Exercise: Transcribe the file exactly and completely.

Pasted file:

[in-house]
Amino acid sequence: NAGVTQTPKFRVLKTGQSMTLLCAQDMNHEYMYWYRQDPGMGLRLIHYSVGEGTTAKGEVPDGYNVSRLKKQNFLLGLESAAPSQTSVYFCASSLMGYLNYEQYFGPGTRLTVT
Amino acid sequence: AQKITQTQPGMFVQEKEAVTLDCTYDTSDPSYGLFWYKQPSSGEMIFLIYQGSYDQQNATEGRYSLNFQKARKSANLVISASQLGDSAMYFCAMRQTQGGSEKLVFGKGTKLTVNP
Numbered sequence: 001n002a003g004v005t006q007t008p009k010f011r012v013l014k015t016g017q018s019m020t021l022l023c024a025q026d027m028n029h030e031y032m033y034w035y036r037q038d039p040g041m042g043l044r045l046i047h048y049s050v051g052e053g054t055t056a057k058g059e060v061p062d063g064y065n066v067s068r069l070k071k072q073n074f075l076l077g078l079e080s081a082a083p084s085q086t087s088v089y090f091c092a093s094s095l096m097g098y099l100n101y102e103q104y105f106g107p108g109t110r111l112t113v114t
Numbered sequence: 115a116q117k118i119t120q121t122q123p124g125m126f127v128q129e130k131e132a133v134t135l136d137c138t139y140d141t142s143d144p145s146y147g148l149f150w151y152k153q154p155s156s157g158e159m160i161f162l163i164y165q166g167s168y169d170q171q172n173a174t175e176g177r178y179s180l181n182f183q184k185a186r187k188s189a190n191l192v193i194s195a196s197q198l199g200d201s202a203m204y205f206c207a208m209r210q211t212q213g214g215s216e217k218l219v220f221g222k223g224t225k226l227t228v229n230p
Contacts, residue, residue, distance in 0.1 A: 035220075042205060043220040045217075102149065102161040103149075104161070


[in-house]
Amino acid sequence: NAGVTQTPKFRVLKTGQSMTLLCAQDMNHEYMYWYRQDPGMGLRLIHYSVGEGTTAKGEVPDGYNVSRLKKQNFLLGLESAAPSQTSVYFCASSLMGYLNYEQYFGPGTRLTVT
Amino acid sequence: AQKITQTQPGMFVQEKEAVTLDCTYDTSDPSYGLFWYKQPSSGEMIFLIYQGSYDQQNATEGRYSLNFQKARKSANLVISASQLGDSAMYFCAMRQTQGGSEKLVFGKGTKLTVNP
Numbered sequence: 001n002a003g004v005t006q007t008p009k010f011r012v013l014k015t016g017q018s019m020t021l022l023c024a025q026d027m028n029h030e031y032m033y034w035y036r037q038d039p040g041m042g043l044r045l046i047h048y049s050v051g052e053g054t055t056a057k058g059e060v061p062d063g064y065n066v067s068r069l070k071k072q073n074f075l076l077g078l079e080s081a082a083p084s085q086t087s088v089y090f091c092a093s094s095l096m097g098y099l100n101y102e103q104y105f106g107p108g109t110r111l112t113v114t
Numbered sequence: 115a116q117k118i119t120q121t122q123p124g125m126f127v128q129e130k131e132a133v134t135l136d137c138t139y140d141t142s143d144p145s146y147g148l149f150w151y152k153q154p155s156s157g158e159m160i161f162l163i164y165q166g167s168y169d170q171q172n173a174t175e176g177r178y179s180l181n182f183q184k185a186r187k188s189a190n191l192v193i194s195a196s197q198l199g200d201s202a203m204y205f206c207a208m209r210q211t212q213g214g215s216e217k218l219v220f221g222k223g224t225k226l227t228v229n230p
Contacts, residue, residue, distance in 0.1 A: 035220075042205060043220040045217075102149065102161040103149075104161070